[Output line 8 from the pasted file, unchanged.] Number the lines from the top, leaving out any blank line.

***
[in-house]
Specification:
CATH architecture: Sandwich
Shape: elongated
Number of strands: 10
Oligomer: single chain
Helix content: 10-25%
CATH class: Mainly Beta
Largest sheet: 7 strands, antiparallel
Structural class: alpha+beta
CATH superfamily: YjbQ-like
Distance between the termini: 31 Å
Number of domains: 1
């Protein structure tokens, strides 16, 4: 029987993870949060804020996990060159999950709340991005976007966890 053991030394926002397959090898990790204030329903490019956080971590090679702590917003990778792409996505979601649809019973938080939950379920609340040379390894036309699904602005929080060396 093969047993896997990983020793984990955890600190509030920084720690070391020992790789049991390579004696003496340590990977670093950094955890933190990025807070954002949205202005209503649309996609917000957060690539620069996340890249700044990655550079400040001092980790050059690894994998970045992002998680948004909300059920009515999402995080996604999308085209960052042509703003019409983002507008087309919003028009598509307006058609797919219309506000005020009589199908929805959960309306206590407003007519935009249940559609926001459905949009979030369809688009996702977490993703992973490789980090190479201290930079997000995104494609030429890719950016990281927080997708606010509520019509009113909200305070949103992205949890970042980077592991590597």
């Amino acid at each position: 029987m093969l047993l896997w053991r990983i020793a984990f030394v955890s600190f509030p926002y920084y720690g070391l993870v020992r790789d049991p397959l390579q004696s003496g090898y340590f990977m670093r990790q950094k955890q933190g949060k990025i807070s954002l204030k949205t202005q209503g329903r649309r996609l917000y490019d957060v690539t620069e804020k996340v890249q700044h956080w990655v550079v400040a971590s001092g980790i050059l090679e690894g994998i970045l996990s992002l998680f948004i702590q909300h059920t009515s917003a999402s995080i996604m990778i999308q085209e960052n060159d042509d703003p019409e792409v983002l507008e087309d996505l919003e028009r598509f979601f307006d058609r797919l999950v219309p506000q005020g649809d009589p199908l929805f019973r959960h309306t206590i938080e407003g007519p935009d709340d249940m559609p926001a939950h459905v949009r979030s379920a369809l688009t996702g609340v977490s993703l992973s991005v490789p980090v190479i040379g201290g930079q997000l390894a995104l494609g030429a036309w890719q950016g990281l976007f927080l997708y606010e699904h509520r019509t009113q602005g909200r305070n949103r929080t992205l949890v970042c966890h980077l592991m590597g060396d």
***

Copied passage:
CATH class: Mainly Beta